logo 1 home
grow greener
kids & farming
endangered species
hood canal region
olympic mountains
cultural climate
buying land
building your farm house
who we are
contact us
questions & answers

The Hood Canal »
. . . . . . . . . . . . . . . . . . . . . . . . . . . . .

Simply known to locals as "the Hood," this magnificent 80+ mile body of saltwater is not a canal at all. It's actually a fijord carved from the earth 11,000 to 14,000 years ago by the scouring action of Canada's retreating Vashon Glacier.

According to local stories, some slow-thinking map maker years ago misspelled Hood Channel, and lo' Channel became Canal. And so that error has remained Canal ever since........

The Olympic Mountains towering over the west side of the Hood Canal well protect the waters from high winds and storms from the Pacific Ocean, unlike other unprotected waters in the Puget Sound region.

The shape of these mountains also causes a very moderate climate.


The Uniqueness »
. . . . . . . . . . . . . . . . . . . . . . . . . . . . . . . . . . .

What makes the Hood so unique is it's marine life which flourishes in the Hood's warmer waters. It's only currents are formed by the tides, and the inflow of several rivers like the Skokomish and the Duckabush, Hama Hama and Dosewallips Rivers.

These all combine to create a hydrosphere that allows shrimp, oysters, clams and crab to grow rapidly and abundantly. Add to this four salmon runs each year, and you have a most fascinating body of saltwater just a little over three miles from Skokomish Farms.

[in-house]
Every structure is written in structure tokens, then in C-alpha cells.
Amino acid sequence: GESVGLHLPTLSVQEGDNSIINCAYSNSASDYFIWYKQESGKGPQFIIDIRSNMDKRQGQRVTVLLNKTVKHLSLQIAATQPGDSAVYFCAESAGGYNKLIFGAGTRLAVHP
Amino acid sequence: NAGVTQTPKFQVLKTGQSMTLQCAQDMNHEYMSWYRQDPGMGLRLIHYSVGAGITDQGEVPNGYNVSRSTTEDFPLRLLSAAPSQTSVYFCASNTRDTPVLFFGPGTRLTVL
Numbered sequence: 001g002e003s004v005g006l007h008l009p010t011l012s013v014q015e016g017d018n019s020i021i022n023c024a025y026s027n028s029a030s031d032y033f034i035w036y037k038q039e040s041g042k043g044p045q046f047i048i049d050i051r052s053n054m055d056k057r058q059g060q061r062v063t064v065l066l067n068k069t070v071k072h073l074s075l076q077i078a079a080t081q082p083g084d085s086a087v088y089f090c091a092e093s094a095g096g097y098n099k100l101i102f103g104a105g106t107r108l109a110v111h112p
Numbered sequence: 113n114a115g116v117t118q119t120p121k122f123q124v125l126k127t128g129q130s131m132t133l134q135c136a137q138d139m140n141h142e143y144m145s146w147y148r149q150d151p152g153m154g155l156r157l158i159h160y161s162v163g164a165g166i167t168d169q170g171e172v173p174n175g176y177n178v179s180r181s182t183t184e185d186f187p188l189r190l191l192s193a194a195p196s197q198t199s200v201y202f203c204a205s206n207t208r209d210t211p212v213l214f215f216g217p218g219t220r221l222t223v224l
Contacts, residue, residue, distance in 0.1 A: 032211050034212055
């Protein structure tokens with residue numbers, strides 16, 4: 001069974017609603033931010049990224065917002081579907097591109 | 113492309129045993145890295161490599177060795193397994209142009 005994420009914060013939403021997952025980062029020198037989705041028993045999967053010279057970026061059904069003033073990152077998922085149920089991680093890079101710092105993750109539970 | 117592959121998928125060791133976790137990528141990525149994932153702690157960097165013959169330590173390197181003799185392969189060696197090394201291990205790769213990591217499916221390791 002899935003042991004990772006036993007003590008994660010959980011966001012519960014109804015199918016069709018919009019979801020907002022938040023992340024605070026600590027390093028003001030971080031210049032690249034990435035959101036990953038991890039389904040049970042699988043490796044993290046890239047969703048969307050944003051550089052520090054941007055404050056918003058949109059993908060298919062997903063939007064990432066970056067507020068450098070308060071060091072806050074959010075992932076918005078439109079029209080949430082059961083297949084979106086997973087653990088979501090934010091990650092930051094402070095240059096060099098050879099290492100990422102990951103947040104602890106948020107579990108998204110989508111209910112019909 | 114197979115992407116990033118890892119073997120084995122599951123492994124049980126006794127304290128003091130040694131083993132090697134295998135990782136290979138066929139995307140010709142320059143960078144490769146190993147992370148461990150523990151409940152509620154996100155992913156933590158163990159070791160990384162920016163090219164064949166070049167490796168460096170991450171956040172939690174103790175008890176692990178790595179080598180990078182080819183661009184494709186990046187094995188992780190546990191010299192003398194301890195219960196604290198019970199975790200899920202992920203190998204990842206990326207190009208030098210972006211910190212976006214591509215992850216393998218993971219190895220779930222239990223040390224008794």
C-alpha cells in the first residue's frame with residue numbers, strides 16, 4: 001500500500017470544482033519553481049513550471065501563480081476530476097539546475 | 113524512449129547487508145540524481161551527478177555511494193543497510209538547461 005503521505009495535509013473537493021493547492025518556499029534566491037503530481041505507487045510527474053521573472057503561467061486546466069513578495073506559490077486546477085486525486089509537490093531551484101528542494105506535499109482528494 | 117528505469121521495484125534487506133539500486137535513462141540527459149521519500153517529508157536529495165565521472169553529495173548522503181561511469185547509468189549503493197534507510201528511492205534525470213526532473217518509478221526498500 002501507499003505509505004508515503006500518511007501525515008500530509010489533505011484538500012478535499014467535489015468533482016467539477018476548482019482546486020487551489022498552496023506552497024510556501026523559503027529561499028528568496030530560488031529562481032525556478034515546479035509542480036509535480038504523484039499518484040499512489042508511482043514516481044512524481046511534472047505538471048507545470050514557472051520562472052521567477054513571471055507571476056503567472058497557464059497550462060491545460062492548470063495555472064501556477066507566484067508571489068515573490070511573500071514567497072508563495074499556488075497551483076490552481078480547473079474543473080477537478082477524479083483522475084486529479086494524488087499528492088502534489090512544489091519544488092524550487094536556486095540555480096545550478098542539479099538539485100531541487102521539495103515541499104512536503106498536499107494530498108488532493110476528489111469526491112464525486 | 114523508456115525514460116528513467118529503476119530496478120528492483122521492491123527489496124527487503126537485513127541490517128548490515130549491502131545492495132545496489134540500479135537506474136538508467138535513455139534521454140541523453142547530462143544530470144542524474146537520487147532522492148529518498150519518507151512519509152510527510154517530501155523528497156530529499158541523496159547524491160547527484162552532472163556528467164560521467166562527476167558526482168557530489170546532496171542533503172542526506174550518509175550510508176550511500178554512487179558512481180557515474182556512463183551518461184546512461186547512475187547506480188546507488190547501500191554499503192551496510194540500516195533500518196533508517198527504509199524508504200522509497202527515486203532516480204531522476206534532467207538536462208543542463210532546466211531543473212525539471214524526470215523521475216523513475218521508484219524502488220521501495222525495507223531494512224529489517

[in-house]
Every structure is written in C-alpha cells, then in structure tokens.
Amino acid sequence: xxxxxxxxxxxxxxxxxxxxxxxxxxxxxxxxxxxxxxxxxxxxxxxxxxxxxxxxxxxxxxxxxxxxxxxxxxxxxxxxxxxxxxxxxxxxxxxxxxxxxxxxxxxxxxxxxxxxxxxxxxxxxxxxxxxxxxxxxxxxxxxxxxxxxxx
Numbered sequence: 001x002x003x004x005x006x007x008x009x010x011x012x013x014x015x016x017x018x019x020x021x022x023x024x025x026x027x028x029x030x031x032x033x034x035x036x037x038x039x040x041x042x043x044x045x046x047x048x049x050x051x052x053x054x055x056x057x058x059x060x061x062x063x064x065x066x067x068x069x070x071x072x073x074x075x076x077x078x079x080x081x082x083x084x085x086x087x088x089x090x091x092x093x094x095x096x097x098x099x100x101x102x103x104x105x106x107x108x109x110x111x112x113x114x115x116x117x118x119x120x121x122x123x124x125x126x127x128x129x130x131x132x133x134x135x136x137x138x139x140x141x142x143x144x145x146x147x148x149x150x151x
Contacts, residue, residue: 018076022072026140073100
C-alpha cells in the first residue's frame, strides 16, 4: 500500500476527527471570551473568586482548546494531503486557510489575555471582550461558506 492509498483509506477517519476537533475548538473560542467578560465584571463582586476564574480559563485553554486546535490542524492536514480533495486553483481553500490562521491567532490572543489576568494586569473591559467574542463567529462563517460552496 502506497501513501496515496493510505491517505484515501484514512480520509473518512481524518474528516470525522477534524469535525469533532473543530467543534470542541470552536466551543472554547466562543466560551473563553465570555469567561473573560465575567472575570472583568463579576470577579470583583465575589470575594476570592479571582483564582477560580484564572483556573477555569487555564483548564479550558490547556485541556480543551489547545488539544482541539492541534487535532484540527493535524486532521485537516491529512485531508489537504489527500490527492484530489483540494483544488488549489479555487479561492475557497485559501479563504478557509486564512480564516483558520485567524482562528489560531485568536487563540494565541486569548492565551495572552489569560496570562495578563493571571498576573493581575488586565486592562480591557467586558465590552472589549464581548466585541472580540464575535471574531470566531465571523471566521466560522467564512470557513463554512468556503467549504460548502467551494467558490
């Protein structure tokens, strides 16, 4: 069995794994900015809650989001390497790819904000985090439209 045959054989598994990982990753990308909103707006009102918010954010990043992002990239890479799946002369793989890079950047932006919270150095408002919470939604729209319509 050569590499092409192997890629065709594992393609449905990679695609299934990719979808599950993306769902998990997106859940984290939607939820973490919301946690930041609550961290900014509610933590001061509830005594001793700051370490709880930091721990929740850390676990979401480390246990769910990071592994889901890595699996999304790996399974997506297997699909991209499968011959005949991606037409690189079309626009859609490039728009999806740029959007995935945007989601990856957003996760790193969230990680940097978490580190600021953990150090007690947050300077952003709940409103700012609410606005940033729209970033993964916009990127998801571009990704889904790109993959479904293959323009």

Many Hood Canal shore owners furnish fresh seafood to local buyers and markets. Shellfish companies like Taylor Shellfish in Shelton, Hunter Farm Store near Union and Patties in Potlatch maintain retail outlets where you can buy fresh oysters, shrimp, clams, and crab at very reasonable prices. Or start harvesting seafood on your own with an inexpensive Washington State license.


The Experience »
. . . . . . . . . . . . . . . . . . . . . . . . . . . .

The Hood Canal was originally populated by the Twana people. These Native Americans wintered in communal long houses on the Hood Canal.

In the summer, the families left the long houses, and setup individual family summer camps along the rivers feeding the Canal. Here they trapped the migrating fish for their food, and shared this abundance with others less fortunate. 

When the British and Americans encroached onto the Hood, the Twana divided under pressure into separate tribes.

Today, only the Skokomish Tribal Nation calls the lower Hood Canal home. Other tribes migrated to different areas of the Puget Sound region.

Today, the Hood Canal is a myriad of active beach communities, small towns and villages which support fisheries, commercial 
farms, tourism, resorts, art colonies, state parks and a myriad of private homes.

You'll have miles and miles of waterways to explore in the Hood Canal region.

© Copyright 2010 Skokomish Farms. All Rights Reserved.